You can read New Terra Farm review Part 1 here
So to continue the tales of wins and not-so-much's, here's New Terra Farm Review 2019 Part 2. Let's start with another winner:
Companion planting herbs. One of Suzie’s big interests on the farm is culinary and medicinal herbs. Since I do most of the cooking, that means she’s a good companion for me too ;-) We usually have a couple beds of your basic culinary herbs growing e.g. rosemary, basil, sage, thyme, cilantro, dill, oregano, chives. But we had never made a serious effort to integrate herbs into our crop production.
This year, we decided to some beds of our little cattle panel palace greenhouse with aromatic herbs and flowers that were supposed to both attract beneficials and repel harmful insect pests. We planted rosemary, sage, chives, and marigolds, and interplanted a couple varieties of basil with our tomatoes.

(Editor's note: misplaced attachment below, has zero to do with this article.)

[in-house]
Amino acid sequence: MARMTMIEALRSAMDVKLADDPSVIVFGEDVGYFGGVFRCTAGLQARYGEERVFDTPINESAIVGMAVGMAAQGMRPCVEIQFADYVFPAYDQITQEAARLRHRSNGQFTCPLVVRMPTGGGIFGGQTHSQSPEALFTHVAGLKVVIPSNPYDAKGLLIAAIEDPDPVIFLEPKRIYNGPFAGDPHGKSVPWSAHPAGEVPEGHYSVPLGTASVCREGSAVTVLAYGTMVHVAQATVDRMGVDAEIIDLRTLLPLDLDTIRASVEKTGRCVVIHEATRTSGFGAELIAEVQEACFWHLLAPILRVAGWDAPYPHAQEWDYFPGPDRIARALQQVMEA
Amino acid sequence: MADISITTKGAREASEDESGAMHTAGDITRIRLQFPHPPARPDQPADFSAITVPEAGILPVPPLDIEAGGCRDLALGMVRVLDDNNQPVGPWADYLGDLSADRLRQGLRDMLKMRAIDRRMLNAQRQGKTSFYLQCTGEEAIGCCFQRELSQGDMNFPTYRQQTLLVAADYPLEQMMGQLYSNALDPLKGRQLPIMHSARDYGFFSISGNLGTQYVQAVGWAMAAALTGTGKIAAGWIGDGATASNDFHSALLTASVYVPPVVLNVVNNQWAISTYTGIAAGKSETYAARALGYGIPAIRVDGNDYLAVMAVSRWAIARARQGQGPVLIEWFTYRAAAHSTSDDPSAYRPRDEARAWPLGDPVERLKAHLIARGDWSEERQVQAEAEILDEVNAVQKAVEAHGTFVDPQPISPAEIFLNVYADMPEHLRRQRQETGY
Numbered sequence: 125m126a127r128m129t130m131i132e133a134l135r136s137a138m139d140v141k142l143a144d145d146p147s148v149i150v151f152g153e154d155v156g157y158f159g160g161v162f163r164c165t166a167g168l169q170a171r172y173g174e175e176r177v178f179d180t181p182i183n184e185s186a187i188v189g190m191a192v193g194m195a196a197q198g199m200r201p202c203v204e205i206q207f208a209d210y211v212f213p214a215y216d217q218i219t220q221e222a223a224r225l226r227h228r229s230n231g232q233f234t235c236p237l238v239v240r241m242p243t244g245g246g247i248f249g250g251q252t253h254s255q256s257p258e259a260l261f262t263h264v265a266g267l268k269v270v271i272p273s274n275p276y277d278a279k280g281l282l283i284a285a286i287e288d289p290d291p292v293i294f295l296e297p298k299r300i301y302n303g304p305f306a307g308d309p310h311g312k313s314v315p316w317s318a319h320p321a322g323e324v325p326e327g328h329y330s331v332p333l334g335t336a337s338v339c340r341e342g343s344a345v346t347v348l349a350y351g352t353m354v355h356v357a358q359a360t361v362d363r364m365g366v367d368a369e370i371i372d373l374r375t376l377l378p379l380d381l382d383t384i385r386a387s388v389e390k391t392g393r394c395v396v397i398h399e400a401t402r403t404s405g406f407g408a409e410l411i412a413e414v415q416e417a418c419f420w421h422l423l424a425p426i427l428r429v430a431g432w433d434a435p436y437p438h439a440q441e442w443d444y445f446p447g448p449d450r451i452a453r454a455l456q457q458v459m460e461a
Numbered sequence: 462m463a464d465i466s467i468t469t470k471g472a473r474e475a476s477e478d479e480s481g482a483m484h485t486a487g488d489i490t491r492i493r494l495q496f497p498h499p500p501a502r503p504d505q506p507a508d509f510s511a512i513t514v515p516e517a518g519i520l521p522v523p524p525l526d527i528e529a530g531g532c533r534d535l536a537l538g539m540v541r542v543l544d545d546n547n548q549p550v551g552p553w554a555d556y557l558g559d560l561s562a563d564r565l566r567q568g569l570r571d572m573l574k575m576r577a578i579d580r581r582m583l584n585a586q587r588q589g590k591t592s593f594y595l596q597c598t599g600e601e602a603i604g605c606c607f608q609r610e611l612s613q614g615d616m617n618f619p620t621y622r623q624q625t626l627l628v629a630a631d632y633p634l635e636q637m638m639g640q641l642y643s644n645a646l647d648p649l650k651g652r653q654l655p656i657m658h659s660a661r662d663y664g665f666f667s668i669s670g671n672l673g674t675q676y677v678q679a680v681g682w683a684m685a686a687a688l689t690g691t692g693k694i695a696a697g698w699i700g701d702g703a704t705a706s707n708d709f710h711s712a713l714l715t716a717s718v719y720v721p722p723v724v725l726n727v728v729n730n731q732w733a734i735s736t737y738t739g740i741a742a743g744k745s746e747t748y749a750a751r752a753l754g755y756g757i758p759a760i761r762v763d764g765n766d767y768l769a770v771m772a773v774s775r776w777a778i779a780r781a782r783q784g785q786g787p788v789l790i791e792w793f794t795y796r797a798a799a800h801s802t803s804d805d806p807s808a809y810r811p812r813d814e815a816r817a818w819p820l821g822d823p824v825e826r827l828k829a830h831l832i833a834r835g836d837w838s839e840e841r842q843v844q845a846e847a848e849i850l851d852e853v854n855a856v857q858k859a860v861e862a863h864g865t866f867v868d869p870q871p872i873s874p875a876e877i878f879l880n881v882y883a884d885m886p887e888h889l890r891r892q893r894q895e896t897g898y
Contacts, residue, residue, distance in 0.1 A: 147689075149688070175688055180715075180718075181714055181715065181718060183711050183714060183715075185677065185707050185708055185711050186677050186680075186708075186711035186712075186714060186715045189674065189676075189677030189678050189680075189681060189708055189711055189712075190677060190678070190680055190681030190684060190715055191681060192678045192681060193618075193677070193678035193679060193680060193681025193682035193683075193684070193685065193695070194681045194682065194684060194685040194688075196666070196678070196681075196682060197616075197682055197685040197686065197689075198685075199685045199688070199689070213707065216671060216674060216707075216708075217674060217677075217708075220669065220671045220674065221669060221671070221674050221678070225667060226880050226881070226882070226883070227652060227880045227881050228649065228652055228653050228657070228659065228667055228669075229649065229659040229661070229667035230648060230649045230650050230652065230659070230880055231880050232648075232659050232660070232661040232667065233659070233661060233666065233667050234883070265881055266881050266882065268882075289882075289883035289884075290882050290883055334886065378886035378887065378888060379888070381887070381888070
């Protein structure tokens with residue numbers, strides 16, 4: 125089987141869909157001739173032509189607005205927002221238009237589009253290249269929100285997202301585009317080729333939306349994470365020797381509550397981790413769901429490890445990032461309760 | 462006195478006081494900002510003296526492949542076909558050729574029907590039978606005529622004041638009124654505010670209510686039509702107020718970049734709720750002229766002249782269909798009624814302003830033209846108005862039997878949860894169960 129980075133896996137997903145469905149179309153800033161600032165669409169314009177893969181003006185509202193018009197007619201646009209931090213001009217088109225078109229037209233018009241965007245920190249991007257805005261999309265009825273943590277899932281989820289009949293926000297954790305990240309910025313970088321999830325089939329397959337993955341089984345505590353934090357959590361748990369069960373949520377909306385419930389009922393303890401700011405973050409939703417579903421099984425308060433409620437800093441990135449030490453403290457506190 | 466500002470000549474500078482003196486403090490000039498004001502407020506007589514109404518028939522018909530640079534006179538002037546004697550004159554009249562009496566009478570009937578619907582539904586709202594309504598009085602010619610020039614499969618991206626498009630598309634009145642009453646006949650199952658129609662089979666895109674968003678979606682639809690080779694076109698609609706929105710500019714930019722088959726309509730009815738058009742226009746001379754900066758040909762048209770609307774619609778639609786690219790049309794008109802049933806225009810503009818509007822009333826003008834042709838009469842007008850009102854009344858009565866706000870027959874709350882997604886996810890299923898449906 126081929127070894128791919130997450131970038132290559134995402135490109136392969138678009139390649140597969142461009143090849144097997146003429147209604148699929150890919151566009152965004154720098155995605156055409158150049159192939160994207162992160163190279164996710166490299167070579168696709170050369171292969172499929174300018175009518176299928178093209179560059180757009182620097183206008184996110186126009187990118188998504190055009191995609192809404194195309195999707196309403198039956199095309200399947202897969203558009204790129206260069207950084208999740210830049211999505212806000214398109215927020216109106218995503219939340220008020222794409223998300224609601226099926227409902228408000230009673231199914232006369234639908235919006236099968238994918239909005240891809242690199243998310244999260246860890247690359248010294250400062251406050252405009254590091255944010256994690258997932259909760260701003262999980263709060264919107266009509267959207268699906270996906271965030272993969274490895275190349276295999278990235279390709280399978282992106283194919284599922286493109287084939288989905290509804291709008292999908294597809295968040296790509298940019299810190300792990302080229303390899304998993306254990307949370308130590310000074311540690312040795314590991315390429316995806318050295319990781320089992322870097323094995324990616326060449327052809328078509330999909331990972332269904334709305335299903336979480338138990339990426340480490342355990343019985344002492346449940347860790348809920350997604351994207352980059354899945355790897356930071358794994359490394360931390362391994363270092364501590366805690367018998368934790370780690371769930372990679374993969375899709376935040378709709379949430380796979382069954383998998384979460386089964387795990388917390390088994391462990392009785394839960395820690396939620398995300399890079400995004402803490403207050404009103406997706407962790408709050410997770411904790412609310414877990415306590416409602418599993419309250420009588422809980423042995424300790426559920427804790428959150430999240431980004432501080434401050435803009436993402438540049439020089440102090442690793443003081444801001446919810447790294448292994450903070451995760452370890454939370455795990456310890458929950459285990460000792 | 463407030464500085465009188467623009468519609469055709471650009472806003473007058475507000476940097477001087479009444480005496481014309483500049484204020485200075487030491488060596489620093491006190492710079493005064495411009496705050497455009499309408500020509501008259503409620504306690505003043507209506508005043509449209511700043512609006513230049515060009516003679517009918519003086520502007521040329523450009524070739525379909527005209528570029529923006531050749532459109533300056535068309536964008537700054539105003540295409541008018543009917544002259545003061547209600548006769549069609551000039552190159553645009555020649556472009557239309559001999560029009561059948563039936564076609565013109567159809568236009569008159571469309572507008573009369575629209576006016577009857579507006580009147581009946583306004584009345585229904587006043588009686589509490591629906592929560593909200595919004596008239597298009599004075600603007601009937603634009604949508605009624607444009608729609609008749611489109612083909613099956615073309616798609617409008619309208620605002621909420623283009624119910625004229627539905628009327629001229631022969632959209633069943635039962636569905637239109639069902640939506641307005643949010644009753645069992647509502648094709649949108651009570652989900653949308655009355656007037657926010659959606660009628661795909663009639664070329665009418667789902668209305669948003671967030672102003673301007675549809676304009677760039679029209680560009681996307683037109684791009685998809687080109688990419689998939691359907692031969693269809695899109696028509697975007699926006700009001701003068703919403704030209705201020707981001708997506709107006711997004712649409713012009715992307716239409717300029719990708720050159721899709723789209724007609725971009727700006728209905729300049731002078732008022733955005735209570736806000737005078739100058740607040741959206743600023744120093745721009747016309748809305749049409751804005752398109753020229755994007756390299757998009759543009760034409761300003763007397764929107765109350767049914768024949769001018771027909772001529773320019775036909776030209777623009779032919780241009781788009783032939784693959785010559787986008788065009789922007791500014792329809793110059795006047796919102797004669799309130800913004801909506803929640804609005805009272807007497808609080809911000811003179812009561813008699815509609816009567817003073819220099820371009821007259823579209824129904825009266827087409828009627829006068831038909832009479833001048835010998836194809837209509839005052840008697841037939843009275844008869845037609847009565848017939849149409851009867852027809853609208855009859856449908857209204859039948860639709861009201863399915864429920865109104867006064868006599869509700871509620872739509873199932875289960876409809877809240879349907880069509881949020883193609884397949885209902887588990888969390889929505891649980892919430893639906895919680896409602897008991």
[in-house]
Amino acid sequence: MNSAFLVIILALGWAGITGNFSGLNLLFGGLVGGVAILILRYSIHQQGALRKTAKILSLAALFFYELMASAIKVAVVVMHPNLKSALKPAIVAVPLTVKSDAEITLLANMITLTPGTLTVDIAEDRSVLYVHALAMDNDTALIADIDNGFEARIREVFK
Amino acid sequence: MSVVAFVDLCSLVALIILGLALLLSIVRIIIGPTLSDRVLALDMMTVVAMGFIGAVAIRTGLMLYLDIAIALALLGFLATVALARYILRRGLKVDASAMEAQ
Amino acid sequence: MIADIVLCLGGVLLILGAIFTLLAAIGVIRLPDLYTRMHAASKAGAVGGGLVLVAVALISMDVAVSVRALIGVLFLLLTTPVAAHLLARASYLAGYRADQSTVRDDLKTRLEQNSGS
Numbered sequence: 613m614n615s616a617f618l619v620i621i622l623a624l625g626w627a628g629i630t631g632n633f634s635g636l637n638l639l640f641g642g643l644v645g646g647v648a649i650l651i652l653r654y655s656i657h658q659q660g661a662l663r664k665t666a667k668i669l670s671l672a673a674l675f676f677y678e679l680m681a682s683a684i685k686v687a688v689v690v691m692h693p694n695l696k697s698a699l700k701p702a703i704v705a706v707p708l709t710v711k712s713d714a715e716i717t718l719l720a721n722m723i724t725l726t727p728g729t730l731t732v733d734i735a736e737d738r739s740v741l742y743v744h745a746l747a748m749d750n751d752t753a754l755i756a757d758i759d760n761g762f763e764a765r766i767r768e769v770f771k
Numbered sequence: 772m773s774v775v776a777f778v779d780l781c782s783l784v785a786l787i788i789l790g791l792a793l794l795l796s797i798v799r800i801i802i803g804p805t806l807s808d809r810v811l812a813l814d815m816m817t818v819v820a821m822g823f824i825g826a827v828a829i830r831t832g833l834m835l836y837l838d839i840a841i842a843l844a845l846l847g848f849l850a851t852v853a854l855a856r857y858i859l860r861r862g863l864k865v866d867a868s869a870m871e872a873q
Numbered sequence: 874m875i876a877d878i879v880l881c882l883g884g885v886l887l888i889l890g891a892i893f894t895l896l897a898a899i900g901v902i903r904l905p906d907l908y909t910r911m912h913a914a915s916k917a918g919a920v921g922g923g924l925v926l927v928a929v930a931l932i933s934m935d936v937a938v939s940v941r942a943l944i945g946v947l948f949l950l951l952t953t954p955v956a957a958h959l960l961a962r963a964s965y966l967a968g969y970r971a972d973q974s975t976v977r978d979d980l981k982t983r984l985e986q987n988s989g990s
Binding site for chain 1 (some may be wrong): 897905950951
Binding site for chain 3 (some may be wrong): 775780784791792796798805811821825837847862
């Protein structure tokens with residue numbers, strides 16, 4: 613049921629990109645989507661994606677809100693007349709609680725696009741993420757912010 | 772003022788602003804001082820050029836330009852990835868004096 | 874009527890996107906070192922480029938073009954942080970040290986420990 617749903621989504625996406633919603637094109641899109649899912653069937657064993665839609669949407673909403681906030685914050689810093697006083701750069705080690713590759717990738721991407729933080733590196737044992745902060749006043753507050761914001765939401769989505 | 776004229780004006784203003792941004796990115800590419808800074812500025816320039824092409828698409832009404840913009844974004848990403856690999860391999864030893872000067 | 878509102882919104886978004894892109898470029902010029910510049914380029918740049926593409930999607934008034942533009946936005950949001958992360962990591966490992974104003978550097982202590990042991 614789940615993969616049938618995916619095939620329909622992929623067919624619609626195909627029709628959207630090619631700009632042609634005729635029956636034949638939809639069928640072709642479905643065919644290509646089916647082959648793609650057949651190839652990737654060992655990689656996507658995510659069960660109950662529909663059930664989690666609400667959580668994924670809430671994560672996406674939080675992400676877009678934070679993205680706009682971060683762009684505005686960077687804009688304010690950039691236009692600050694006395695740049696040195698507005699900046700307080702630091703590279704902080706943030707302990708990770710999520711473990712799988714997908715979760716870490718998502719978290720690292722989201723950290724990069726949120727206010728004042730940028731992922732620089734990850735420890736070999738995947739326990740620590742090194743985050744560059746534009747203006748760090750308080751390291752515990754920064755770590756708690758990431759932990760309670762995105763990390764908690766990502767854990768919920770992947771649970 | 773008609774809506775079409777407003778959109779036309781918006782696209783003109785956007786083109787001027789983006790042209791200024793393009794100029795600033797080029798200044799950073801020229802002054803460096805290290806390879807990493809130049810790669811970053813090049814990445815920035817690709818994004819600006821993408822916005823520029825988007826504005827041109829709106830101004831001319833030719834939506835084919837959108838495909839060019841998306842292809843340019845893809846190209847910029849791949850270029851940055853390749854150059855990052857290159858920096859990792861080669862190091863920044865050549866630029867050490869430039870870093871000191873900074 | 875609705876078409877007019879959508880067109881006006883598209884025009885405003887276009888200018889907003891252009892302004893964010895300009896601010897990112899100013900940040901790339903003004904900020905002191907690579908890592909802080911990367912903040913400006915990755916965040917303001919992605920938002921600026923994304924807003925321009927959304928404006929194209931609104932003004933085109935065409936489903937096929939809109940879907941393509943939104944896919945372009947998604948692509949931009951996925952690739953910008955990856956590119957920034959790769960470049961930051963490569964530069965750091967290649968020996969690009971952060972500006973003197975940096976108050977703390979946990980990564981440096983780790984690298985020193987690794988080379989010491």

The results: all the herbs and flowers thrived, and I never saw an aphid or cucumber beetle in the greenhouse all summer. Plus, lots of tasty herb-garnished dishes were produced by Chef Boy-R-Me. A-RATED.
Framed beds for root crops. I use raised beds for all my root crops, and I double dig the beds I use for carrots and parsnips. This year I decided to take this one step further and make framed beds for the early root crops I start in the greenhouse.
You might wonder at these crop choices to take up greenhouse space. Here’s the reasoning. There are much bigger greenhouse growers around me that focus on crops like tomatoes and cukes; they have heated greenhouses, and I can’t bring these crops to market as early as they can. So we’re happy to just get a 3 or 4 week head start, and sell them when ready.